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[en] The time-dependent oscillator describing parametric oscillation, the concept of invariant and Noether's theorem are important issues in physics education. Here, it is shown how they can be interconnected in a simple and unified manner.
[en] A system of two magnets hung from two vertical springs and oscillating in the hollows of a pair of coils connected in series is a new, interesting and useful example of coupled oscillators. The electromagnetically coupled oscillations of these oscillators are experimentally and theoretically studied. Its coupling is electromagnetic instead of mechanical, and easily adjustable by the experimenter. The coupling of this new coupled oscillator system is determined by the currents that the magnets induce in two coils connected in series, one to each magnet. It is an interesting case of mechanical oscillators with field-driven coupling, instead of mechanical coupling. Moreover, it is both a coupled and a damped oscillating system that lends itself to a detailed study and presentation of many properties and phenomena of such a system of oscillators. A set of experiments that validates the theoretical model of the oscillators is presented and discussed.
[en] The vibrational transition probability expressions for the forced Morse oscillator have been derived using the commutation relations of the anharmonic Boson operators. The formulation is based on the collinear collision model with the exponential repulsive potential in the framework of semiclassical collision dynamics. The sample calculation results for H2 + He collision system, where the anharmonicity is large, are in excellent agreement with those from an exact, numerical quantum mechanical study by Clark and Dickinson, using the reactance matrix. Our results,however, are markedly different from those of Ree, Kim, and Shin's in which they approximate the commutation operator Io as unity, the harmonic oscillator limit. We have concluded that the quantum number dependence in Io must be retained to get accurate vibrational transition probabilities for the Morse oscillator
[en] Amongst all stars observed to pulsate, the Sun has by far the largest number and variety of modes of oscillation. This presents a unique opportunity to apply and test stellar oscillation theory. To match the observational accuracy, very precise calculations of oscillation frequencies are needed. Asymptotic methods have proved useful in the analysis and interpretation of the frequencies. The results provide tight constraints on solar models; they may also enable a direct determination of properties of the solar interior. There are difficulties in reconciling the amplitudes obtained in Doppler velocity with those observed in the apparent position of the solar limb. The excitation of the oscillations is so far not well understood, although it is probable that the interaction between pulsation and convection plays an important role. (orig.)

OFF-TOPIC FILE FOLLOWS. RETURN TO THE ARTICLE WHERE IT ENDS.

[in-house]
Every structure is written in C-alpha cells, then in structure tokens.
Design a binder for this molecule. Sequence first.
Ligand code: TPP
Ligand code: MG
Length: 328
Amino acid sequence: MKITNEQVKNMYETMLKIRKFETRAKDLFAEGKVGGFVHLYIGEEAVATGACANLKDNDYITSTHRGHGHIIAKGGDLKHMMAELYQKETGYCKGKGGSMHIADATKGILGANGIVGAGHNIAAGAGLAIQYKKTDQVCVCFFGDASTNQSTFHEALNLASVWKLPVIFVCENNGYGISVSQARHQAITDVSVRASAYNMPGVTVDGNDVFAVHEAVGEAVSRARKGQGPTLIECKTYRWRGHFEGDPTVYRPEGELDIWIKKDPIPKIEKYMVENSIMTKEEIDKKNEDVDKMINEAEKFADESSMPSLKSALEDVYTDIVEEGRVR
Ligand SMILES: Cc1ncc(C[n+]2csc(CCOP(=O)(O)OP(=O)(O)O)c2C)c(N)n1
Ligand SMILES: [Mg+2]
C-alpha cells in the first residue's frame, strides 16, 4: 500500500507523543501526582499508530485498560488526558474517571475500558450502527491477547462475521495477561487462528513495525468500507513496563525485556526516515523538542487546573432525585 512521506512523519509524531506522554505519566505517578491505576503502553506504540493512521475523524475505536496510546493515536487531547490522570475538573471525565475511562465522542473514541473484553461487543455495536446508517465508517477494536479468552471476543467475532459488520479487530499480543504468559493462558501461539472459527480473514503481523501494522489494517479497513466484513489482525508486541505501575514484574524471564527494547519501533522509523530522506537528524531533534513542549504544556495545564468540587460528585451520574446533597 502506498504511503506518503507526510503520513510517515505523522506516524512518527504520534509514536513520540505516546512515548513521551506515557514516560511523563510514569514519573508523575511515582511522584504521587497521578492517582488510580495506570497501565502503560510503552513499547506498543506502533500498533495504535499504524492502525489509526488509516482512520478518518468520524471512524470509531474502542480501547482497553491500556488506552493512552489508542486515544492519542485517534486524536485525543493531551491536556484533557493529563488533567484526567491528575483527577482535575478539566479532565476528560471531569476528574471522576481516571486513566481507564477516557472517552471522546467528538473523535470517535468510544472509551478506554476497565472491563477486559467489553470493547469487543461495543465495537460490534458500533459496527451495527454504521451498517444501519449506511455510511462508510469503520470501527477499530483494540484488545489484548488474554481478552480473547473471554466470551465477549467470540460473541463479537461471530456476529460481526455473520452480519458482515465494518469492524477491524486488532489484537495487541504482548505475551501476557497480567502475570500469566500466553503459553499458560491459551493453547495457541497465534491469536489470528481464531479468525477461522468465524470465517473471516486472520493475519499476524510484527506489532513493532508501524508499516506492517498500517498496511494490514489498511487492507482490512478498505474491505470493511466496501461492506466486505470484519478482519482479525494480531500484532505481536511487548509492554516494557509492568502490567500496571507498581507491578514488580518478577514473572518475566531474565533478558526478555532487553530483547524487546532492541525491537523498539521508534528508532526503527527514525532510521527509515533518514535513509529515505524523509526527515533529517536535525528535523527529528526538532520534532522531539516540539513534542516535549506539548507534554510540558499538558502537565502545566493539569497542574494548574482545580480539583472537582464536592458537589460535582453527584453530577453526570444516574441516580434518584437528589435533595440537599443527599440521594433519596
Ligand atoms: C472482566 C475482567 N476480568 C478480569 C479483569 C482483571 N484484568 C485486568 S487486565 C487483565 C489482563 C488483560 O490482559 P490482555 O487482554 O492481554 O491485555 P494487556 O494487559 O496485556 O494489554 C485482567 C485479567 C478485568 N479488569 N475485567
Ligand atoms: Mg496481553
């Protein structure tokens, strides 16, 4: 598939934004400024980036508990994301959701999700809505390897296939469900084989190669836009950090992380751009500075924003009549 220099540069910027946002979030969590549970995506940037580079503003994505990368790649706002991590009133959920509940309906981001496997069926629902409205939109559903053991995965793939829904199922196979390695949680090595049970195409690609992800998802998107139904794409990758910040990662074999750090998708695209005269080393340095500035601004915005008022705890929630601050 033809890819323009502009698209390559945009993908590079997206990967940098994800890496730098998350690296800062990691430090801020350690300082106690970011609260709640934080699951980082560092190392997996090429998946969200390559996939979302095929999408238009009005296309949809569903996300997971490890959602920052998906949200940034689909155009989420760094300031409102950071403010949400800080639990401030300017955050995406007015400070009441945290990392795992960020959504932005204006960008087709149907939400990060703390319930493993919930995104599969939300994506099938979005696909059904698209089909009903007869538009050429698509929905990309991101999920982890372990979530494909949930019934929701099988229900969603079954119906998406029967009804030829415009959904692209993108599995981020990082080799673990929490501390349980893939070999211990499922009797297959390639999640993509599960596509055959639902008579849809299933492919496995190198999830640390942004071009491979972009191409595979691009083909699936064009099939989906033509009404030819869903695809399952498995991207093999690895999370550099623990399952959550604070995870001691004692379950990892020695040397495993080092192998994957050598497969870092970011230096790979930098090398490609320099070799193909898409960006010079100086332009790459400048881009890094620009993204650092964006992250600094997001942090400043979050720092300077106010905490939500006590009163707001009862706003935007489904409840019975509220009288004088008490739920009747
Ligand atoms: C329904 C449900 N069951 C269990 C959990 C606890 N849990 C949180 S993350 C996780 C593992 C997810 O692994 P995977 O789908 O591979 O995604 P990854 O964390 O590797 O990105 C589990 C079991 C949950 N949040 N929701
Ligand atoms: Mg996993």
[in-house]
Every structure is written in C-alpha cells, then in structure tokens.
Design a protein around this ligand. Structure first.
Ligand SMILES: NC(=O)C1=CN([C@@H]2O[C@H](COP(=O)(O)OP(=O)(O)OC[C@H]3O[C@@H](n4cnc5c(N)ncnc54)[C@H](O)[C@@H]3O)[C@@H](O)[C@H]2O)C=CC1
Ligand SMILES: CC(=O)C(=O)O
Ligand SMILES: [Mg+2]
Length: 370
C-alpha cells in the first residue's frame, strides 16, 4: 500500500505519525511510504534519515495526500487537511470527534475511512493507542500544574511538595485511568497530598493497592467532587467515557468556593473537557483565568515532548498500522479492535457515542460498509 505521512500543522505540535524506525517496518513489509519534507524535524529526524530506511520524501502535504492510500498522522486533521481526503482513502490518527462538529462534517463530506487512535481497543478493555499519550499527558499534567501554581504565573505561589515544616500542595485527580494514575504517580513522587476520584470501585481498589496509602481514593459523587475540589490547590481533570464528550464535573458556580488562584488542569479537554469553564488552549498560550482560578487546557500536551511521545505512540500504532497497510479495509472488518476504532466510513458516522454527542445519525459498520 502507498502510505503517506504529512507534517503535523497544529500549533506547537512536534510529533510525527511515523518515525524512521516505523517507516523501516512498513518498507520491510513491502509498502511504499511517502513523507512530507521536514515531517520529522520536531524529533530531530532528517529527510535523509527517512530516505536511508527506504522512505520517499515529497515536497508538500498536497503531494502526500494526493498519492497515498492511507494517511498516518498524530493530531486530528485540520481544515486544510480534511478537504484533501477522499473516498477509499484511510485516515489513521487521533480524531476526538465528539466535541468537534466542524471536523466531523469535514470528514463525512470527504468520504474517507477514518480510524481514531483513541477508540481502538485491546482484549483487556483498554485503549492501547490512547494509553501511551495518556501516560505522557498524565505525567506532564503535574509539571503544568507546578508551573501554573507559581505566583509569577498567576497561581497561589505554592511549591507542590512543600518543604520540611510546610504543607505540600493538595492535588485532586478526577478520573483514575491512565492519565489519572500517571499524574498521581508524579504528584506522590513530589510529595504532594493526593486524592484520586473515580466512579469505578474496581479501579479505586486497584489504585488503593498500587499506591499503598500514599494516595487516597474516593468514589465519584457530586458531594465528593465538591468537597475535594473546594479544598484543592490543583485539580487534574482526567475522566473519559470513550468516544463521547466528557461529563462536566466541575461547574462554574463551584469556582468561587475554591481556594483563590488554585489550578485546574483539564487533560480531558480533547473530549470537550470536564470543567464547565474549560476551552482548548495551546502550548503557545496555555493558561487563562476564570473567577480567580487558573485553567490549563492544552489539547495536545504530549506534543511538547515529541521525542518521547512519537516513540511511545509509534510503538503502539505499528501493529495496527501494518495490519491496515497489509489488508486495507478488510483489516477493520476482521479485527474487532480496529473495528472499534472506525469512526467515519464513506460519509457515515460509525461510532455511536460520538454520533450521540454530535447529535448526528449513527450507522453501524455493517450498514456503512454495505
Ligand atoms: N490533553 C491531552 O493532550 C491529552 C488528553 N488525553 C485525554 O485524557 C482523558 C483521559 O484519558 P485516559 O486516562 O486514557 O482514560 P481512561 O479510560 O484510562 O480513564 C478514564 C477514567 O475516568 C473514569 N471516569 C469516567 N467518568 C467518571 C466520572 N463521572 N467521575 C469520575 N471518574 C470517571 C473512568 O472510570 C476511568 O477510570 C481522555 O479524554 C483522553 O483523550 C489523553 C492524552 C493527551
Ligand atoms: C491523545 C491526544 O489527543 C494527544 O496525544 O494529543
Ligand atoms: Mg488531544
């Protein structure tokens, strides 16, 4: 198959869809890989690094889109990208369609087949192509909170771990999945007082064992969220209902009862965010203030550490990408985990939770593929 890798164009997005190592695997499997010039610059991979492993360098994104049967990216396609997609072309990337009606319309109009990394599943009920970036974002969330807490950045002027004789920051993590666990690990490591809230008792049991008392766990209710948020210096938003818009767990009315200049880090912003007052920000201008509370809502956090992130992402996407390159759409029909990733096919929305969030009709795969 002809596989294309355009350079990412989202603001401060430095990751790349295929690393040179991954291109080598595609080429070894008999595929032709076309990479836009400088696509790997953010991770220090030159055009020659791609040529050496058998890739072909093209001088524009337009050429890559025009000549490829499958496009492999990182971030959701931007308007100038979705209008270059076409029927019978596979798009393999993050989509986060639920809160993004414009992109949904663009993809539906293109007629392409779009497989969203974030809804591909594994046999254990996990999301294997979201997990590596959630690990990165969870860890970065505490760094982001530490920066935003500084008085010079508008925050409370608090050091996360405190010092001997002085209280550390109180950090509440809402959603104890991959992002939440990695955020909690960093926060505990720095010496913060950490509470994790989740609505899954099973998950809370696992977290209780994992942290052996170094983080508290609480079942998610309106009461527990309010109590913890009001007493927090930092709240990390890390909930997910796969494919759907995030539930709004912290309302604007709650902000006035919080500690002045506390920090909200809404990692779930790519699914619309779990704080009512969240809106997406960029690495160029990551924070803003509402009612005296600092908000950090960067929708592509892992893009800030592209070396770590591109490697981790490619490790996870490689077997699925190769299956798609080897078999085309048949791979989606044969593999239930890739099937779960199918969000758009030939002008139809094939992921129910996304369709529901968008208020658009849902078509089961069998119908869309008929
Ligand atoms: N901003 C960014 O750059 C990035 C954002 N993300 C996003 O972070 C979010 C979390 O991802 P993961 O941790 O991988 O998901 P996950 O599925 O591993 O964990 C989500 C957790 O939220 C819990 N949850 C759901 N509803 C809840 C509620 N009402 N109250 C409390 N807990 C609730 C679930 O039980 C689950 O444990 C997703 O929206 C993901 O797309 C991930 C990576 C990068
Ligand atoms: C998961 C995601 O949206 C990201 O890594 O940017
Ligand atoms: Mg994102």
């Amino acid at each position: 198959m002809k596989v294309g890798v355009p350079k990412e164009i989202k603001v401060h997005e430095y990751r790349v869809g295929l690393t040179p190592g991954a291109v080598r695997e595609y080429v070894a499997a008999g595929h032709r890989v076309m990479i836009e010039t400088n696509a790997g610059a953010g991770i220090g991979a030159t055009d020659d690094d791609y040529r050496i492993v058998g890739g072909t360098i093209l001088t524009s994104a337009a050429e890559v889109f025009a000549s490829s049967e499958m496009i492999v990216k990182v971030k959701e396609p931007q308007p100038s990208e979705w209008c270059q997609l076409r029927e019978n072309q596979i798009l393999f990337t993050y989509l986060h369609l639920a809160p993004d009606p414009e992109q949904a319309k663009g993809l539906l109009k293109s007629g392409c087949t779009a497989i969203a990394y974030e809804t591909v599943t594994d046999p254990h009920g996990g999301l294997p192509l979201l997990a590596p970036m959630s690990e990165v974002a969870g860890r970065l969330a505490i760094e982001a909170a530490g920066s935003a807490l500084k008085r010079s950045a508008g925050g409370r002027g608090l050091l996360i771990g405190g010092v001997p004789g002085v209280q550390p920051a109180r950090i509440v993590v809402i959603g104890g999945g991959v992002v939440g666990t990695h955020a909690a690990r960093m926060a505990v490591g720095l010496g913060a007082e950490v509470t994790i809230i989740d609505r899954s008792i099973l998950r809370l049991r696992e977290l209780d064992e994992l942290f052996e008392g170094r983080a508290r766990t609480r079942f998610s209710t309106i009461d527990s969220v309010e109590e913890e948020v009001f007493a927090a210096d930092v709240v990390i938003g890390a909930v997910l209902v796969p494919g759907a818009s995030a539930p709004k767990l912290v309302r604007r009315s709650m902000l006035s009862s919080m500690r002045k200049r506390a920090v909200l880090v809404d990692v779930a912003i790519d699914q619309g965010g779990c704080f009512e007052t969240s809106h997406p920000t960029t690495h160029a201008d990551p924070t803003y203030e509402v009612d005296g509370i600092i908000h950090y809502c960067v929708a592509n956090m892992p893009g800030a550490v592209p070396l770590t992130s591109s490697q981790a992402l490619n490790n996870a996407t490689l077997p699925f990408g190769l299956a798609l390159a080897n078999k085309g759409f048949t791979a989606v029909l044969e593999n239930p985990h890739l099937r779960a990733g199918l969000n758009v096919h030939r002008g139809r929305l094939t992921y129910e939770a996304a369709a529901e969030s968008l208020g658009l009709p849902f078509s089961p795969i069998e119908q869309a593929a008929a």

[en] The authors present some initial results of a long-term investigation of resonant three-wave interactions in the solar interior, which indicate that these nonlinear interactions take place in the Sun and are, in fact, responsible for the observed g mode spectrum. The observed g mode spectrum consists of only a few modes. The authors assume that the 160-minute oscillation is a g mode and that the recently identified modes by Delache and Scherrer (1983) are also g modes. They believe that the amplitudes of these selected few modes have been enhanced by resonant interaction so that they may be observed at the Sun's surface. (Auth.)
[en] Identification of solar oscillation, with the 160-min period as a non-radial mode of the Sun has been considered on the basis of the observational data recently available from several observatories. The amplitudes and phases observed allow the most probable identification of such an oscillation as a mode with degree l=3 of a spherical harmonic. On the other hand however, the observed splitting of the eigen frequency due to solar rotation gives l=1. New methods for future observations are considered to permit more reliable identification of the 160-min oscillations
[en] The delayed response of a damped harmonic oscillator (RLC circuit) to a slow periodic disturbance is presented. This communication is supplementary to the paper published recently (Krupska et al 2001 Eur. J. Phys. 22 133-8)
[en] Observation of global oscillations of the Sun constitutes a primitive seismology of the solar interior. The frequencies, if correctly identified with definite normal modes of vibration. Provide a measure of the average velocity of sound in the interior and thereby of its composition and temperature. Fine structure in the frequencies of nonradial modes may provide information on their character (multiplicity) and on the rotation of the solar interior. Study of the amplitudes and phase fluctuations of the vibrations may clarify the excitation and damping of the vibrations. After a brief historical review emphasizing global velocity spectroscopy an account is given of the present status of the observations of global oscillations in the range of periods of 3 to 160 min. Finally the future capabilities of the observational techniques and their resultant potential is discussed. (orig.)
[en] We report on a novel experiment to generate non-classical atomic states via quantum non-demolition (QND) measurements on cold atomic samples prepared in a high-finesse ring cavity. The heterodyne technique developed for QND detection exhibits an optical shot-noise limited behavior for local oscillator optical power of a few hundred μW, and a detection bandwidth of several GHz. This detection tool is used in a single pass to follow non-destructively the internal state evolution of an atomic sample when subjected to Rabi oscillations or a spin-echo interferometric sequence.